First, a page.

A federal agency is telling Ameren thousands of structures on its property at the Lake of the Ozarks have to go away, but Ameren wants more time to look at the issue.
In the more than 80 years since Ameren bought property on the Lake, Shoreline Manager Jeff Green says over 4,000 homes, docks, patios and other structures have been built on Ameren property. The Utility must file a shoreline management plan with the Federal Energy Regulatory Commission that in part deals with these structures.
FERC has issued an approval of that plan that Green says does not give the Utility the tools it feels it needs to deal with existing structures. Green says a re-hearing has been requested.
Ameren wants to lower its boundaries so that they will no longer include many of those structures. The rest could be allowed to remain on the utility’s property under certain conditions. Those could include:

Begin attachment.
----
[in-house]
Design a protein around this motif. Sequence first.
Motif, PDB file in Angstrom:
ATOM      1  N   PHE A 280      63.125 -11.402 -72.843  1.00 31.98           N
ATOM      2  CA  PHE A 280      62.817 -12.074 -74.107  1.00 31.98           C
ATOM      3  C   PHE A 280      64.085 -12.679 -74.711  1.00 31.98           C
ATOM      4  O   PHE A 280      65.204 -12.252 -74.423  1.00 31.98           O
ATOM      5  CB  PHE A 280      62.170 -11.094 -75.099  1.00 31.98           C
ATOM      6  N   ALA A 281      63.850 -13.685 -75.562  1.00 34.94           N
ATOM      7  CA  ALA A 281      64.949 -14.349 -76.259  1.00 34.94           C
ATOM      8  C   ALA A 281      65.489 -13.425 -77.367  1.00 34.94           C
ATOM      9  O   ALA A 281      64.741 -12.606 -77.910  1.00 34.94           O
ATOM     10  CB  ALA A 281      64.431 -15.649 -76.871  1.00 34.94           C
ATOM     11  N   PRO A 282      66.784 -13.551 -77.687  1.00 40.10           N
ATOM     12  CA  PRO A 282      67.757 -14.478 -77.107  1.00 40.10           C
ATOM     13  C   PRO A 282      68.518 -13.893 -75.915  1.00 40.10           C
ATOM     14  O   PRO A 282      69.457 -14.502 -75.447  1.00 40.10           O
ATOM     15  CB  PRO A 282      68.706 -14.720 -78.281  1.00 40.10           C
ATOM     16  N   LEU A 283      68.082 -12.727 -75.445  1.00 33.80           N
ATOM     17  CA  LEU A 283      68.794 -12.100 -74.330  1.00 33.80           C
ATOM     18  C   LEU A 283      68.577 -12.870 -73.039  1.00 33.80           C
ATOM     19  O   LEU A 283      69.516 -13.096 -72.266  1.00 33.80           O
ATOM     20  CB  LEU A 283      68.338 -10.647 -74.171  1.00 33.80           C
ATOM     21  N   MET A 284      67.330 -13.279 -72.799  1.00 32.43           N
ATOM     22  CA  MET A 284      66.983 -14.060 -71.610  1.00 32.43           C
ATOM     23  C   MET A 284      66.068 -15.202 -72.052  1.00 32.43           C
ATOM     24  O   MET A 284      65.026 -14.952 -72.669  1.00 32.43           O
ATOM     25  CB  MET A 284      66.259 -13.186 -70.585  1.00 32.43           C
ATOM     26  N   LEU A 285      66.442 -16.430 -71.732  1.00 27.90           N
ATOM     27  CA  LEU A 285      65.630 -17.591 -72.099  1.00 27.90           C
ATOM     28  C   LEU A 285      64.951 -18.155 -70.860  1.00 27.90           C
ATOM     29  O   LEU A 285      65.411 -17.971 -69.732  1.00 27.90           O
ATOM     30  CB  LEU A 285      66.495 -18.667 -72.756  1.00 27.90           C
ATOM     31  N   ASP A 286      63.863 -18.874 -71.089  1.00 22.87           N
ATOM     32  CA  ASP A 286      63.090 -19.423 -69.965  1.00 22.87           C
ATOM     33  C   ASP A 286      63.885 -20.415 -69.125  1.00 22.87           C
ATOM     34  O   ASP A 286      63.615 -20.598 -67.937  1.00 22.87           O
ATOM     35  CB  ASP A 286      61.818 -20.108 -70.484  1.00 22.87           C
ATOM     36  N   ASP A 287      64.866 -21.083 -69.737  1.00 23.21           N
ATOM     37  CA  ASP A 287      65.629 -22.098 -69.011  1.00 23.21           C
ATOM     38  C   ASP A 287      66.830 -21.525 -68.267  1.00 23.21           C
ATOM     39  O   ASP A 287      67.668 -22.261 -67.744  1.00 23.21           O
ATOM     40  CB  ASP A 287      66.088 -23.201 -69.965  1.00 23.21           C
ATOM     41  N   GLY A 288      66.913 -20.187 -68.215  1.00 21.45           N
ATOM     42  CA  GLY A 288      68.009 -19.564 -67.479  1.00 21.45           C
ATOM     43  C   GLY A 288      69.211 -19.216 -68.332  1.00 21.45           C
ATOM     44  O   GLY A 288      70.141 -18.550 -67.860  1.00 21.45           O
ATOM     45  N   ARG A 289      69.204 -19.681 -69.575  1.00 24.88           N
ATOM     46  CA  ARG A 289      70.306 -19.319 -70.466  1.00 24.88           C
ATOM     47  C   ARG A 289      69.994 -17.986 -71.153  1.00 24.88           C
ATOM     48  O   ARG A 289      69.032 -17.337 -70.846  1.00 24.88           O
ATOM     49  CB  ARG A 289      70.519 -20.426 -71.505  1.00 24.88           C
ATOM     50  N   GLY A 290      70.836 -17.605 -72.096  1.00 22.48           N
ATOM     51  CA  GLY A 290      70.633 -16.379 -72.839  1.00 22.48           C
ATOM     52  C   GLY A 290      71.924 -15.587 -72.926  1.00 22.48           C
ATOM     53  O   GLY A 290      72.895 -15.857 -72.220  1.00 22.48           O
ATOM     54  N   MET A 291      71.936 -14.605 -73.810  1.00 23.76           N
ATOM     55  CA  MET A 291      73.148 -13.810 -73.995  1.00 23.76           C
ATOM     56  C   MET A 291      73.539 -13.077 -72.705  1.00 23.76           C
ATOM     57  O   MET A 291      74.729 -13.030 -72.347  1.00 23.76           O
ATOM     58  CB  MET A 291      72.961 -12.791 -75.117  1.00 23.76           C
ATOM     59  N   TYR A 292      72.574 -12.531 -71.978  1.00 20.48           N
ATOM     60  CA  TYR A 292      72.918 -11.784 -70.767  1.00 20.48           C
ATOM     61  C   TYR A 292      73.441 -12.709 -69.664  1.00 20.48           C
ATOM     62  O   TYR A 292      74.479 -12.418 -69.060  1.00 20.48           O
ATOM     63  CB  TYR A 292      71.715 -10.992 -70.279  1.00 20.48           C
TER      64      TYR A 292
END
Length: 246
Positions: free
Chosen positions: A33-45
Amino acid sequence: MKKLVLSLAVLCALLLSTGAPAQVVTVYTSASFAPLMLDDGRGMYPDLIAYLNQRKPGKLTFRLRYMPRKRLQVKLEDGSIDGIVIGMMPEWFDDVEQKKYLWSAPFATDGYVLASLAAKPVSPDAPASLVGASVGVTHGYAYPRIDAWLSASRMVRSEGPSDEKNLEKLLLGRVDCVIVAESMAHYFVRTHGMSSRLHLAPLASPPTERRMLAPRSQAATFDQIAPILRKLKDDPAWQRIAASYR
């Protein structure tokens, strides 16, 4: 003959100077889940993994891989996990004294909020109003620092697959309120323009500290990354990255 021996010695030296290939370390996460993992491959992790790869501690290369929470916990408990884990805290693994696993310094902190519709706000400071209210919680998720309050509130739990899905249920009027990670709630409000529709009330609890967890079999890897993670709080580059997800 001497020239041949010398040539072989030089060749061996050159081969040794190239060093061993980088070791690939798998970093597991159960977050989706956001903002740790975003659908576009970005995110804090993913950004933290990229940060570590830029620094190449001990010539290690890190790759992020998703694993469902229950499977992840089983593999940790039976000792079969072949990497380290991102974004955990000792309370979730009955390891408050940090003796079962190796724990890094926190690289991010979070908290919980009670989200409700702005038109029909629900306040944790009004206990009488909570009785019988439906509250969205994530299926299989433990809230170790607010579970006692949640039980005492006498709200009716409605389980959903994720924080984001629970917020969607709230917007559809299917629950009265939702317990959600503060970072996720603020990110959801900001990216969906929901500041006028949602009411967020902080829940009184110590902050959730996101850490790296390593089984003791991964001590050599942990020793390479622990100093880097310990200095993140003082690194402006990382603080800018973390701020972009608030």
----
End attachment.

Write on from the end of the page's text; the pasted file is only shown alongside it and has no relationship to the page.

Expansion would be prohibited
Nothing may be done in the structure to harm the Lake’s resources or the environment
Structures could only be moved off the project boundary
As to how these structures came to be built on Ameren property, Green says errors in deeds have been found over time. He says deeds have been written to include an elevation along the shoreline that does not match the utility’s project boundary. After 2 or 3 generations and those properties have changed hands, Green says many property owners have been told their land extends to the water line when it actually does not.
Green says some decks, patios and gazebos have been permitted by Ameren, but the Commission is suggesting such permits not be allowed in the future.
Most of the properties in question are in the upper tributaries of the Osage and Niangua Rivers and Gravois Creek. Green estimates that less than 10 percent of the total lake front parcels have an issue.
FERC has given Ameren until May find a resolution to the issue. The utility is asking for an extension until 2013.